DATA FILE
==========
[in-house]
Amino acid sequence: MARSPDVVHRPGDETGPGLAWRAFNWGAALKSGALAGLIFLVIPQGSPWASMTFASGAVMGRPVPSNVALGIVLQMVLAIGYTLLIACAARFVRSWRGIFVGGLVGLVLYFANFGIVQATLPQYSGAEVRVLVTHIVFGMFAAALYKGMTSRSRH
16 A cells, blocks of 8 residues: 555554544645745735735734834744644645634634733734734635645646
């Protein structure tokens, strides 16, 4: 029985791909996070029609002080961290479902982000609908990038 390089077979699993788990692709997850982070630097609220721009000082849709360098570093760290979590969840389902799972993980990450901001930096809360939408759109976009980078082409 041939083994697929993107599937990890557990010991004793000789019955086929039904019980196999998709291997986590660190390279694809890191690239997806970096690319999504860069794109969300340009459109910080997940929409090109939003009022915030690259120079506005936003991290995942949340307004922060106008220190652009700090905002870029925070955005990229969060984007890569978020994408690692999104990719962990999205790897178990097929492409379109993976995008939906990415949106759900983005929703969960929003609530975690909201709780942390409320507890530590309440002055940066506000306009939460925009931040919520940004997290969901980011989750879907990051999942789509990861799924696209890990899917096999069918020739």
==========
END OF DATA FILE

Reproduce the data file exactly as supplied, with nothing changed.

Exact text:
[in-house]
Amino acid sequence: MARSPDVVHRPGDETGPGLAWRAFNWGAALKSGALAGLIFLVIPQGSPWASMTFASGAVMGRPVPSNVALGIVLQMVLAIGYTLLIACAARFVRSWRGIFVGGLVGLVLYFANFGIVQATLPQYSGAEVRVLVTHIVFGMFAAALYKGMTSRSRH
16 A cells, blocks of 8 residues: 555554544645745735735734834744644645634634733734734635645646
């Protein structure tokens, strides 16, 4: 029985791909996070029609002080961290479902982000609908990038 390089077979699993788990692709997850982070630097609220721009000082849709360098570093760290979590969840389902799972993980990450901001930096809360939408759109976009980078082409 041939083994697929993107599937990890557990010991004793000789019955086929039904019980196999998709291997986590660190390279694809890191690239997806970096690319999504860069794109969300340009459109910080997940929409090109939003009022915030690259120079506005936003991290995942949340307004922060106008220190652009700090905002870029925070955005990229969060984007890569978020994408690692999104990719962990999205790897178990097929492409379109993976995008939906990415949106759900983005929703969960929003609530975690909201709780942390409320507890530590309440002055940066506000306009939460925009931040919520940004997290969901980011989750879907990051999942789509990861799924696209890990899917096999069918020739």